Quantum Shifts


By Ed Sperling
Intel, STMicroelectronics and some of the leading memory providers already are working on 10nm process technology, and advanced researchers in universities and industry-leading companies are looking at 7nm, 5nm and even beyond.

Those who have glimpsed this technological future have similar observations. There is no single technology problem that has to be solved at these nodes. Instead, there are groups of problems, ranging from new transistor structures, new materials and RC delay caused by thin wires to quantum effects such as charge-release delay from memory and telegraph or burst noise, which involves step-like voltage transitions at random intervals. There are lithography issues such as double, triple and quadruple patterning and directed self-assembly. And beneath all of this there is a cost equation that indicates the majority of companies will never reach the most advanced nodes because it will be too expensive—at least for the foreseeable future.

So how far does the current roadmap extend? The path appears to be solid until 10nm. After that, the semiconductor industry will move squarely into the atomic realm—assuming it continues shrinking features. And considering companies are now developing test chips at 14nm, this reality is approaching very quickly.

Just to put it in perspective, the atomic physical limit of Moore’s Law involves wires that are one to two atoms thick, and transistors that are just one atom, based on Coulomb diamonds, according to Gerhard Klimeck, director of the Network for Computational Nanotechnology and a professor of electrical and computer engineering at Purdue University. So what exactly can we expect to unfold? What follows are some of the best guesses from leading companies and researchers.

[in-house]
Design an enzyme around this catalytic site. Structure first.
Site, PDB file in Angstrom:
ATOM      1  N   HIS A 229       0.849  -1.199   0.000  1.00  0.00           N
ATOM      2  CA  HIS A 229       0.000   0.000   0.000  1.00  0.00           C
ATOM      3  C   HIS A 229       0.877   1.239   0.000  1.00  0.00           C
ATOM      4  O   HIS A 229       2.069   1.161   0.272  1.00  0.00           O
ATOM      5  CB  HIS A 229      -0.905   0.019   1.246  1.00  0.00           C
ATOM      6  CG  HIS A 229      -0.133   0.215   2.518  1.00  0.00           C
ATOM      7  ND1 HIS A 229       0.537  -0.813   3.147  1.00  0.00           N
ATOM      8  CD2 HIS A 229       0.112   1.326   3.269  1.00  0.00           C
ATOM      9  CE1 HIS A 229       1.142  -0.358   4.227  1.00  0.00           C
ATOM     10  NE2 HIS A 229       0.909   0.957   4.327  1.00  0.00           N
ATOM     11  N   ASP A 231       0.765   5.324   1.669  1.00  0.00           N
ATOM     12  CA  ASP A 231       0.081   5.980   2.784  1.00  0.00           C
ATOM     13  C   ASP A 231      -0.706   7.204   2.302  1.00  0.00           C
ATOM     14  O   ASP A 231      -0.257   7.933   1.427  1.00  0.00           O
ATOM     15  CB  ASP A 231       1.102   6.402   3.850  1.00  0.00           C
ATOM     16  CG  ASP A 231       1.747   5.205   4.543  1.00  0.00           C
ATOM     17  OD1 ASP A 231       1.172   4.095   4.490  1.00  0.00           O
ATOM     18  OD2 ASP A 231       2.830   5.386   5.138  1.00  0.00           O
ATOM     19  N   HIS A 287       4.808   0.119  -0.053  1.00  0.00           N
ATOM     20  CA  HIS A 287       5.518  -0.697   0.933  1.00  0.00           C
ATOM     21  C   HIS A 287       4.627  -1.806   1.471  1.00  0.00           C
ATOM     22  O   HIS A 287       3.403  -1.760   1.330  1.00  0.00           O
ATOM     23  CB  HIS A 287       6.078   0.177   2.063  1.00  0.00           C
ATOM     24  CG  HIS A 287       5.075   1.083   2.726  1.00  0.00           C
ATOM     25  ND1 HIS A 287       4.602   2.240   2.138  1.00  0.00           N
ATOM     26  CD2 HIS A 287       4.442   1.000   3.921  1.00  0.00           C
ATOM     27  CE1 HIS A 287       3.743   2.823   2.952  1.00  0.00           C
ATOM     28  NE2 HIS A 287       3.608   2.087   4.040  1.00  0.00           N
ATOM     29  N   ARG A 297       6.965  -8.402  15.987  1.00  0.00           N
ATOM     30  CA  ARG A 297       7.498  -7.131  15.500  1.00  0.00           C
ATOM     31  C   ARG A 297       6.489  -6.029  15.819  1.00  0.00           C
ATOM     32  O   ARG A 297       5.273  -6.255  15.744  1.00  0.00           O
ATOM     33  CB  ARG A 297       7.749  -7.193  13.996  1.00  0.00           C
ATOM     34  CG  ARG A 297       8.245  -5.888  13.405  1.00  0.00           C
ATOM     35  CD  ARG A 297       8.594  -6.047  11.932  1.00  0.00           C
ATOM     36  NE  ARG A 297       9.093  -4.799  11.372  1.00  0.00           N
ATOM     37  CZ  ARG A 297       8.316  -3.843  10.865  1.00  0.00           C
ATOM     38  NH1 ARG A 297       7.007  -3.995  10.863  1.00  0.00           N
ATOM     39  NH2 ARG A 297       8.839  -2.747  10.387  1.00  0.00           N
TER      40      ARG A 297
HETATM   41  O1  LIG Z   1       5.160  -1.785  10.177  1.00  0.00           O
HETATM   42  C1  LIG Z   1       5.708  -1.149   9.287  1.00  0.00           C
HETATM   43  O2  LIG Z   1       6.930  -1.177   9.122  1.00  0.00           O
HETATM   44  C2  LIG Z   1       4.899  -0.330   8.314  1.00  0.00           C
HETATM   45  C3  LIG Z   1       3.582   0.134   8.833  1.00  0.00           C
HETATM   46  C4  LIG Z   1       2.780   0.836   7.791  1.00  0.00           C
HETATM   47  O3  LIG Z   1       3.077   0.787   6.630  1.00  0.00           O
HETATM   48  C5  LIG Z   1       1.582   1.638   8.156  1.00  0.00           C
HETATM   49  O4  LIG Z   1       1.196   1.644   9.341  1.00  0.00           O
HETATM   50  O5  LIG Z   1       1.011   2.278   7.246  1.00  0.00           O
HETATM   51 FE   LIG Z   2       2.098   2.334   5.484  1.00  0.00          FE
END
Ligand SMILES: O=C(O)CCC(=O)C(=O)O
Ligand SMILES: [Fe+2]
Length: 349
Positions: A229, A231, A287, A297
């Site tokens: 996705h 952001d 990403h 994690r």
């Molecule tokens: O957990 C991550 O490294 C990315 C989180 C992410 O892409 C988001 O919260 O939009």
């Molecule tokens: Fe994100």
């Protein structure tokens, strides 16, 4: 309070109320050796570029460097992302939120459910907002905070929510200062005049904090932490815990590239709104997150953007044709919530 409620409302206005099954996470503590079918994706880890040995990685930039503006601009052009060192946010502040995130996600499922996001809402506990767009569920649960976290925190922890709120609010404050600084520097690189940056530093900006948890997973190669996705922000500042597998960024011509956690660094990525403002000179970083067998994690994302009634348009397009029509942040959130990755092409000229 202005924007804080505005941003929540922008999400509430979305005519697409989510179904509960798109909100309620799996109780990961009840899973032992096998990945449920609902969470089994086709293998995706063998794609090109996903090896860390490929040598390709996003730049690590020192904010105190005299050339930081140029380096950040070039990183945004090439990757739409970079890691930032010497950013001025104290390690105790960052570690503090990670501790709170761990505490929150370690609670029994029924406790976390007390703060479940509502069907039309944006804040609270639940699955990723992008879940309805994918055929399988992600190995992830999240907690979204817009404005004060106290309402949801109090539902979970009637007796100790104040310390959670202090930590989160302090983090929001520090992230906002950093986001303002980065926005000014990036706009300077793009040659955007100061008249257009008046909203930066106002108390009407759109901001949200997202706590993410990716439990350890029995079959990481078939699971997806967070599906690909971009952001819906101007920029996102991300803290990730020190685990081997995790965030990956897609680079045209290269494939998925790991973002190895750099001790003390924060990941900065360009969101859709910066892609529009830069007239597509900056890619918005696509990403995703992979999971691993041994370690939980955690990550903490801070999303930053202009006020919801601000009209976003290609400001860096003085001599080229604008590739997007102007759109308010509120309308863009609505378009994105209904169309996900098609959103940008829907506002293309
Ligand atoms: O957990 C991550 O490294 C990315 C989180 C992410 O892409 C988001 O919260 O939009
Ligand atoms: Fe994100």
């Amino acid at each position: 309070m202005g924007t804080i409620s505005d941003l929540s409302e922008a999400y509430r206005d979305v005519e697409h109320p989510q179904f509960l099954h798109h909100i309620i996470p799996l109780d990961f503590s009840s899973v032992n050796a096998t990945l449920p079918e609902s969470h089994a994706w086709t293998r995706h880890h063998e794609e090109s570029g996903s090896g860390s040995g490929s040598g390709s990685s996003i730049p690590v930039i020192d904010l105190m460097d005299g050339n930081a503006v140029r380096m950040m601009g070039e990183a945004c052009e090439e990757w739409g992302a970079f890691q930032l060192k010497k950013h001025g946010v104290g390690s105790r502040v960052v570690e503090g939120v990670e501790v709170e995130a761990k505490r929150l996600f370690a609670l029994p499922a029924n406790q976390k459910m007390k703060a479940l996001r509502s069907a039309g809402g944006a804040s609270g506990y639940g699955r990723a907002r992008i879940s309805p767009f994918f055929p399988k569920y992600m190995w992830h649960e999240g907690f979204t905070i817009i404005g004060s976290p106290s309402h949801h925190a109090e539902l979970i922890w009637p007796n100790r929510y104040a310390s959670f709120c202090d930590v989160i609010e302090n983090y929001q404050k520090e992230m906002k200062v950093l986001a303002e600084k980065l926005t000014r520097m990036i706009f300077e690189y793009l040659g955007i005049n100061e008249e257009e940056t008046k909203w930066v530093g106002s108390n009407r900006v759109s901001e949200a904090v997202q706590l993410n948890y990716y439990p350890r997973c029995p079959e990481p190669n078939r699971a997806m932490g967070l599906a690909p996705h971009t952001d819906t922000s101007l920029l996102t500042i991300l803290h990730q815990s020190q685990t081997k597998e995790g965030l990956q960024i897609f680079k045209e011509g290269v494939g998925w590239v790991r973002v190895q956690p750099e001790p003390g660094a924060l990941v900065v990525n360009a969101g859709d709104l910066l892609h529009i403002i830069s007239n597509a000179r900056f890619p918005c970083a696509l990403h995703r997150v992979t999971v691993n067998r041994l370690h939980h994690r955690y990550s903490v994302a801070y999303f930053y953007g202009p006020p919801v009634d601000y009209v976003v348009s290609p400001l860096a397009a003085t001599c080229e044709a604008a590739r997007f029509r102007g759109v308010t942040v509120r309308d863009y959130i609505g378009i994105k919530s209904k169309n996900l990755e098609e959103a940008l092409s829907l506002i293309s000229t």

Structures, materials and lithography
While Intel made headlines with its TriGate or finFET transistors at 22nm, because it reduces current leakage, it’s not a permanent fix. Beyond 10nm, it appears that the finFET may be replaced by carbon nanotube FETs, or tunnel FETs at 7nm or 5nm.

“You’re going to see less fin and more nanowire,” said Greg Yeric, senior principal design engineer in ARM’s R&D group. “It also may end up being in combination with SOI (silicon on insulator).”

At least part of the uncertainty going forward involves lithography used to create the masks to build these devices. Extreme ultraviolet technology was supposed to hit the market at 45nm. It now appears it will miss the introduction of the 14nm process node because power source isn’t high enough to be commercially viable. If that happens, semiconductor manufacturers may be forced into triple or quadruple patterning. Even putting cost aside for a moment, it’s almost impossible to design transistors that require very tight pitches using four mask sets.